From the Josh Greenwood Collection.
The sloped side on these anvils reinforces the far corner where the smith does the most work as well as where strikers would strike heavy sledge hammer blows.
This reinforced middle edge prevents the common breaks and chips you see on later square cornered anvils.
This also results in right and left hand anvils. This one is a left hand anvil.
The center column provides support such that the working edge at the middle of the anvil is supported as if it were the center of the anvil.
The slope results in approximately a 110° to 120° angle. At the heel there is a 90° angle and the back edge is a 60° angle.
The break between the slop and heel provides an inside 90° corner.
The horn blending into the slope results in a much larger radius than found on other anvil designs.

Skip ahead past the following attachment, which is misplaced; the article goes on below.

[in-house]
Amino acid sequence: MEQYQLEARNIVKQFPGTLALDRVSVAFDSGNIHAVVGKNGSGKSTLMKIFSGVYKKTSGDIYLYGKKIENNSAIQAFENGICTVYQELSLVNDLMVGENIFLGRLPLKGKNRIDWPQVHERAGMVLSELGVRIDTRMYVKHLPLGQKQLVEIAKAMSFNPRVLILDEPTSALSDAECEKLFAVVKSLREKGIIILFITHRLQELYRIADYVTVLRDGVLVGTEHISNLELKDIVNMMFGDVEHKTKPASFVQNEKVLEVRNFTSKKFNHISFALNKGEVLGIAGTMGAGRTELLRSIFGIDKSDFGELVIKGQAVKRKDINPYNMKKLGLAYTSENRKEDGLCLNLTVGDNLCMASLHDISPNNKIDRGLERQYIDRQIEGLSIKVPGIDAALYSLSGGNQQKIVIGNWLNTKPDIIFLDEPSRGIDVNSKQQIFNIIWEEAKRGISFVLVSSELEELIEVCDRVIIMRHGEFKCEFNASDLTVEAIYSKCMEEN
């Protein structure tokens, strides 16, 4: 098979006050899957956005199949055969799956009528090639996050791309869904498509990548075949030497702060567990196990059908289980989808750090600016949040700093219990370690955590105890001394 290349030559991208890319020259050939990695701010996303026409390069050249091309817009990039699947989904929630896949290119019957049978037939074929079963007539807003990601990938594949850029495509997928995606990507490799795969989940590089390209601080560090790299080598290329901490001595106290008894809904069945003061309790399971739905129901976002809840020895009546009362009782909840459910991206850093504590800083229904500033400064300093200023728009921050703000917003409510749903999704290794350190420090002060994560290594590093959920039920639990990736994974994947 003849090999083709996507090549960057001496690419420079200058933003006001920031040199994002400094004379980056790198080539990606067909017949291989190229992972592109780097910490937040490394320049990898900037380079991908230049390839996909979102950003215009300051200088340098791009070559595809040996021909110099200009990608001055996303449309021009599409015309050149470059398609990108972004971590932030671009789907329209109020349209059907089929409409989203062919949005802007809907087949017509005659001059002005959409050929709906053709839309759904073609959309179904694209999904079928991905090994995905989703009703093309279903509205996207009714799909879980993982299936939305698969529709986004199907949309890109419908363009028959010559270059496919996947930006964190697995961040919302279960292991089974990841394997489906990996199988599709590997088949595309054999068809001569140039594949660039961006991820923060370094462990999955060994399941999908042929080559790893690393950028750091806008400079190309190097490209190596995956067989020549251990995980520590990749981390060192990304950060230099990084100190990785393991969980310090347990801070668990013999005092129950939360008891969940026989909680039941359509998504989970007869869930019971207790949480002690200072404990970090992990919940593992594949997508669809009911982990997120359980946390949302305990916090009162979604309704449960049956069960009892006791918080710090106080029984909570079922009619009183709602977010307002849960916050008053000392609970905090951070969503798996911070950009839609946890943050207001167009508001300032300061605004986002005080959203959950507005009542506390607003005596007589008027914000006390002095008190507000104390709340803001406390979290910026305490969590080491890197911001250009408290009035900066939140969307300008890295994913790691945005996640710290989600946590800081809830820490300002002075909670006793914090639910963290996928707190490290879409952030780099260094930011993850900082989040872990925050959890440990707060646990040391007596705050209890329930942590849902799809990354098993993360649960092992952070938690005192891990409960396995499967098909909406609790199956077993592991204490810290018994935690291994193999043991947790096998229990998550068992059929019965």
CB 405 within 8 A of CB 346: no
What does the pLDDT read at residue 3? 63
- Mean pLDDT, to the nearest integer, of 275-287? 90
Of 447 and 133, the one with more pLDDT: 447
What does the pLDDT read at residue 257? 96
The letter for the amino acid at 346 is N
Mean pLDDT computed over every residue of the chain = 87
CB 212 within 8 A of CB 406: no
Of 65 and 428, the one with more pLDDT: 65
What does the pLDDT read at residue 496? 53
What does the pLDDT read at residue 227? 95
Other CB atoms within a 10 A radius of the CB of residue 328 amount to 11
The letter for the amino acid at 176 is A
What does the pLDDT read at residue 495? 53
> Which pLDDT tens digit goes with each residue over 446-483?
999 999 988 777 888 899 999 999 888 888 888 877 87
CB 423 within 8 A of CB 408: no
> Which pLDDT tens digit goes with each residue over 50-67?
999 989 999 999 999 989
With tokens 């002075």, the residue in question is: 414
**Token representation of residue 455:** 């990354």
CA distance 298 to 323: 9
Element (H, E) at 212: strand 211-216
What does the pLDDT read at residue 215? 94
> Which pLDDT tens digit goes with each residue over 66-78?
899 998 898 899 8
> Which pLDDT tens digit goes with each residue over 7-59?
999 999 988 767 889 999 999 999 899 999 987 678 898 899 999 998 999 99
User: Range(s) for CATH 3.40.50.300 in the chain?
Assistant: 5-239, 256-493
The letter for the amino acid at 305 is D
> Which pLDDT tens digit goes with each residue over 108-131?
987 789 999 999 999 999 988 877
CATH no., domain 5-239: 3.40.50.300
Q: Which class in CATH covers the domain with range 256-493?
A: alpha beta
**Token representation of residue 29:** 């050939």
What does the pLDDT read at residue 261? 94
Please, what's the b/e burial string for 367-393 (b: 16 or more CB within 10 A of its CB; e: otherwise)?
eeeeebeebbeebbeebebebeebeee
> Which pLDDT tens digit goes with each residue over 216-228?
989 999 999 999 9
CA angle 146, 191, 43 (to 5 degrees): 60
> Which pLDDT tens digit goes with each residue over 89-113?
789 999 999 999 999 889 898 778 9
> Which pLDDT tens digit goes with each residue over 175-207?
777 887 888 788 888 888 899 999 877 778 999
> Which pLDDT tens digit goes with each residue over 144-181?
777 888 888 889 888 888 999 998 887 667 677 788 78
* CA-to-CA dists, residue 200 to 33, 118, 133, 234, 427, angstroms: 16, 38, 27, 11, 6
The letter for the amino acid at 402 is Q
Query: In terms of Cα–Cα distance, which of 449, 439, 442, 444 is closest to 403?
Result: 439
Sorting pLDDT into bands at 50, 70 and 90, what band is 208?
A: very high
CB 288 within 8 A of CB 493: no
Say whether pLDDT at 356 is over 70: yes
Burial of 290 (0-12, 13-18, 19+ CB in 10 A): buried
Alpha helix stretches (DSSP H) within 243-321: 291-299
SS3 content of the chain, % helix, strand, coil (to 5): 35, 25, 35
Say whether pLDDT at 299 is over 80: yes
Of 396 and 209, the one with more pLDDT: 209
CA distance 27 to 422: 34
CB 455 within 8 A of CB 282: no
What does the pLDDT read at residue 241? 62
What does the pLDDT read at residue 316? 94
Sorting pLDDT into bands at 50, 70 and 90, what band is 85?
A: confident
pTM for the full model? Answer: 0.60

The nearly flat back on this anvil will allow it to be used on its side on a narrow stand or block to take advantage of the curves and nearly hemispherical shapes of the "church windows".
- Marked on flat side "VH = 245". (this is the weight in old German pfunds)
- Age : early 19h Century
- Dimensions :
- Length : 23" (mm)
- Height : 14.25" (mm)
- Face Width = 4.75" (mm)
- Weight : 275 lbs. (128kg)
Germany standardized their pfund to 500 gams in 1854.
Before that the grams/pfund varied from 486 to 510 depending on region.
A 500g pfund was 1.1 lbs so 245 is then 269 lbs. - So this is not the post 1854 pfund.
The anvil weighs 275 lbs.
510 grams per pfund or 1.122 lbs/ pfund times 245 pfund = 275 the measured weight of the anvil.
This style of anvil should date from the first half of the 19th century (1830 - 1840),
completely consistent with 1845 pfund at 510 grams/pfund.